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Letters: Lawsuit over property tax cap

Richard Iannuzzi, NYSUT president, gets the crowd going

Richard Iannuzzi, NYSUT president, gets the crowd going during an education rally to protest against proposed cuts in state education funding at the Capitol in Albany, N.Y. (March 22, 2011) Credit: Lori Van Buren/Times Union

The state's teachers union is going to challenge the new property tax cap ["Teachers vs. tax cap," News, Sept. 29]? The teachers claim it hurts the poorest school districts, and they feel the voting is flawed.

Even before the tax cap, the voting was flawed. There should be only one vote for the school budget, not two.

The union speaks about poor school districts, but they fail to mention pay and the perks of administrators.

The tax cap should just be the starting point of what is needed to get all of this under control. Why can't teachers become state employees to lessen the burden on the budgets? Why can't we consolidate the business portion of the schools? How about one superintendent for Nassau County and one for Suffolk?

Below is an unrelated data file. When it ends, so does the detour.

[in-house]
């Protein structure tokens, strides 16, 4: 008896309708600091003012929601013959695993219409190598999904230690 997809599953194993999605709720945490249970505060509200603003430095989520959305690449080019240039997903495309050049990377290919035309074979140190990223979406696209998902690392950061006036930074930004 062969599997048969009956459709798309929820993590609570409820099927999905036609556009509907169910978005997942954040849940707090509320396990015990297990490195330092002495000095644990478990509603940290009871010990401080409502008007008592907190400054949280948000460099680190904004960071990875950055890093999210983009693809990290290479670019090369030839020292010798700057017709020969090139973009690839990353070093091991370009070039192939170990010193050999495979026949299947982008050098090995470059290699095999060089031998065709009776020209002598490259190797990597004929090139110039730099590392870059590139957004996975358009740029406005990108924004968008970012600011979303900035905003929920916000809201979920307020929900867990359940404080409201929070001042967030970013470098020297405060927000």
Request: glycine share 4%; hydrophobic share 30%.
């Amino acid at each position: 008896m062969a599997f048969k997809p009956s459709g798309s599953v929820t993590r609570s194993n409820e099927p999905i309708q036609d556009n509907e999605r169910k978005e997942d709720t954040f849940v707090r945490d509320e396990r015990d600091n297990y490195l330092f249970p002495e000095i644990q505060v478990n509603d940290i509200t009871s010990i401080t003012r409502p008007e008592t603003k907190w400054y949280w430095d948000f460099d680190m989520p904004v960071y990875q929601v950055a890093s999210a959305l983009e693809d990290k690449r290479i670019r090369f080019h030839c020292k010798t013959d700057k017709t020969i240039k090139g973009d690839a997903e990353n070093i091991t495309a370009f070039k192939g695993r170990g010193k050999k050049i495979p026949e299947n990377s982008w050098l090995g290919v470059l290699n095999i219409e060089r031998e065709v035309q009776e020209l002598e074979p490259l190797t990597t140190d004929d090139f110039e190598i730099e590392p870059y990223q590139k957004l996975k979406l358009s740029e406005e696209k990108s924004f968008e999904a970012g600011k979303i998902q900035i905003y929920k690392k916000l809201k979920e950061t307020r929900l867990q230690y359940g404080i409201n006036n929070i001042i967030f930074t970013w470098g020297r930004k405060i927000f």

People, young and old, and businesses can no longer afford this burden of tax increases year after year.

Patrick Nicolosi, Elmont

The teachers union should be careful with this lawsuit. This is in essence a court case against every property owner. Learning how to control costs is what is needed.

The teachers' salaries aren't the issue. It is the number of administrators and their excessive salaries, the number of school districts, the double-dipping and the minuscule amount that union members pay toward their health insurance, pensions and other exorbitant benefits.

The middle class cannot print more money to feed the educational-industrial complex.

The taxpayers' share should be determined by the number of children in a home. The more children, the more you should pay.

Frank DelliSanti, Deer Park

Unfortunately, the teachers unions are our enemy. When the unions don't get the huge increases they demand, they simply endorse their own candidates for the school board. They know they can't lose, because they are generally the only organization in the school district with the money and numbers to swing the election.

The only way to fight back is to vote against union-endorsed candidates. They are acting unethically by accepting the endorsement of a group whose demands they will have to vote on.

Irving Gerber, East Meadow

Editor's note: The writer is the director of an anti-tax group called No More: The Fair Tax Organization.